Automation, the popular name for the IDispatch interface, was originally designed by the Visual Basic group at Microsoft. The Automation facility allows applications to expose their functionality for use by other programs. For example, full-featured applications such as Microsoft Word can expose a hierarchy of objects through Automation. Each object supports specific properties, methods, and events, enabling client programs to take advantage of the rich features offered in such applications by automating their use. An application that is normally driven by the end-user can thus be controlled by another program without any user involvement.1
Imagine developing a business application that performs standard data entry and reporting. It would be nice if the program could create graphs of the data as well. Rather than writing the code to produce the graphs, you can use the Automation objects exposed by Microsoft Excel to send the data to Excel and then ask Excel to print some fancy-looking graphs; the user never even has to see Excel on the screen. This type of integration is something that programmers only dreamed of a few years ago.
You might wonder why you need a specific facility such as Automation to expose the functionality of an application to other programs. After all, isn't that exactly the type of integration and reuse that was envisioned by the designers of COM+? Certainly an application can expose its capabilities via custom interfaces. But with this approach, each component typically defines its own set of custom interfaces. This is not a real problem for most applications, since each client program is typically designed to work with a certain set of interfaces germane to the data being processed. However, certain generic programs such as Microsoft Visual Basic and the Microsoft Java VM must deal with a wide variety of components, many of which might implement custom interfaces that did not even exist when those programs were written. In such cases, it can be difficult, if not impossible, for a client application to access a custom interface about which it has no prior knowledge.
So in addition to allowing applications to expose their functionality in a standard way, Automation was also developed to enable high-level languages such as Visual Basic to access components. Before the advent of type libraries, it was difficult for high-level environments to gain access to custom interfaces about which they had no information, whereas support for the standard IDispatch interface could be programmed into an environment by its developers. The environment could then work with any component that supported IDispatch, regardless of what services the component provided.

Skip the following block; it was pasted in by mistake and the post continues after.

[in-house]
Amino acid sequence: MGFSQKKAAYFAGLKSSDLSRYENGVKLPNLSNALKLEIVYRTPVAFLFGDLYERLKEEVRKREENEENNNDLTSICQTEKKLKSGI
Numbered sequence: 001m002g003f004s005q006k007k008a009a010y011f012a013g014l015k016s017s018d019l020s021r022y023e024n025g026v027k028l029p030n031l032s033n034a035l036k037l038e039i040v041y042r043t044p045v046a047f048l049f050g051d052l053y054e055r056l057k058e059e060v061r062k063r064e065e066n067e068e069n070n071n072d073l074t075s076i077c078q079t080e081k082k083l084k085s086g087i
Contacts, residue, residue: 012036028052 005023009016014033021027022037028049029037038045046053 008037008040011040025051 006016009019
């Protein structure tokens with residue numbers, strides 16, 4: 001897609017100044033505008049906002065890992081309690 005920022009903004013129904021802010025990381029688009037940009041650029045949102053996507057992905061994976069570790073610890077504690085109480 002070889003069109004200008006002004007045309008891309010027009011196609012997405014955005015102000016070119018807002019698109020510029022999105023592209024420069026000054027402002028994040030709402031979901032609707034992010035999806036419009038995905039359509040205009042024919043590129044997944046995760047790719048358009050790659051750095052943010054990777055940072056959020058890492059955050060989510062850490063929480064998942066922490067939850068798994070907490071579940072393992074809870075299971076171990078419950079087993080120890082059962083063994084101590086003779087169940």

Over time, however, it became apparent that languages like Visual Basic could access components directly via custom interfaces as long as some information about the interfaces implemented by the component was available. This requirement was satisfied with the development of type libraries; type libraries have in turn diminished the importance of the IDispatch interface. It might seem obvious that a generic development environment such as Visual Basic can learn about an unknown custom interface by reading the component's type library. Visual Basic assumes that type information describing the custom interface is available, but this might not always be the case. Besides, the Automation facility was designed before type information was prevalent.
Automation has since been refashioned for use by interpreted scripting languages such as Visual Basic Scripting Edition (VBScript) and JScript that run in environments such as Microsoft Internet Explorer, Microsoft Internet Information Server (IIS), and the Microsoft Windows Scripting Host. These environments continue to rely only on Automation and have only limited support for type information. (Scripting languages can reference only the constants defined in a component's type library.) So implementing IDispatch remains a requirement for components to be accessed from these languages. Recently, the Automation facility was extended with the definition of the IDispatchEx interface, which supports more dynamic objects, whose properties and methods can change at run time. Thus Automation remains an important facility of COM+ that brings an extra level of interoperability to the system.